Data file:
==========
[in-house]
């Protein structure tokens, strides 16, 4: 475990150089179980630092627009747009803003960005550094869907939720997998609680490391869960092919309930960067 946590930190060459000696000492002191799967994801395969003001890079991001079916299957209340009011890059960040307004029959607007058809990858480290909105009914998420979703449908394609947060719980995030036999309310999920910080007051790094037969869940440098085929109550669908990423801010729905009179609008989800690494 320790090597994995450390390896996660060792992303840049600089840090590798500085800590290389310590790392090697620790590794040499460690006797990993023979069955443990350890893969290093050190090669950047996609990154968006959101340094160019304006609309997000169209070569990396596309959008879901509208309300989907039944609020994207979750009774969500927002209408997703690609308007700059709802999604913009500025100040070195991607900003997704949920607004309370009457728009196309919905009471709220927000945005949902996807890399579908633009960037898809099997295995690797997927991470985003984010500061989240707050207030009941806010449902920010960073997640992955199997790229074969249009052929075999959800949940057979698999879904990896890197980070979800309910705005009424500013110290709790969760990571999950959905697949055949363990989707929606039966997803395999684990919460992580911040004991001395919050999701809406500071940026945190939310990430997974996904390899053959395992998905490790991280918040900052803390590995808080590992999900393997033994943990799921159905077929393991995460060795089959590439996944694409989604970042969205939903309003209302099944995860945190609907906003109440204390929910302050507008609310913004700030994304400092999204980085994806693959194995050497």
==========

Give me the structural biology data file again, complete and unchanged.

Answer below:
[in-house]
């Protein structure tokens, strides 16, 4: 475990150089179980630092627009747009803003960005550094869907939720997998609680490391869960092919309930960067 946590930190060459000696000492002191799967994801395969003001890079991001079916299957209340009011890059960040307004029959607007058809990858480290909105009914998420979703449908394609947060719980995030036999309310999920910080007051790094037969869940440098085929109550669908990423801010729905009179609008989800690494 320790090597994995450390390896996660060792992303840049600089840090590798500085800590290389310590790392090697620790590794040499460690006797990993023979069955443990350890893969290093050190090669950047996609990154968006959101340094160019304006609309997000169209070569990396596309959008879901509208309300989907039944609020994207979750009774969500927002209408997703690609308007700059709802999604913009500025100040070195991607900003997704949920607004309370009457728009196309919905009471709220927000945005949902996807890399579908633009960037898809099997295995690797997927991470985003984010500061989240707050207030009941806010449902920010960073997640992955199997790229074969249009052929075999959800949940057979698999879904990896890197980070979800309910705005009424500013110290709790969760990571999950959905697949055949363990989707929606039966997803395999684990919460992580911040004991001395919050999701809406500071940026945190939310990430997974996904390899053959395992998905490790991280918040900052803390590995808080590992999900393997033994943990799921159905077929393991995460060795089959590439996944694409989604970042969205939903309003209302099944995860945190609907906003109440204390929910302050507008609310913004700030994304400092999204980085994806693959194995050497």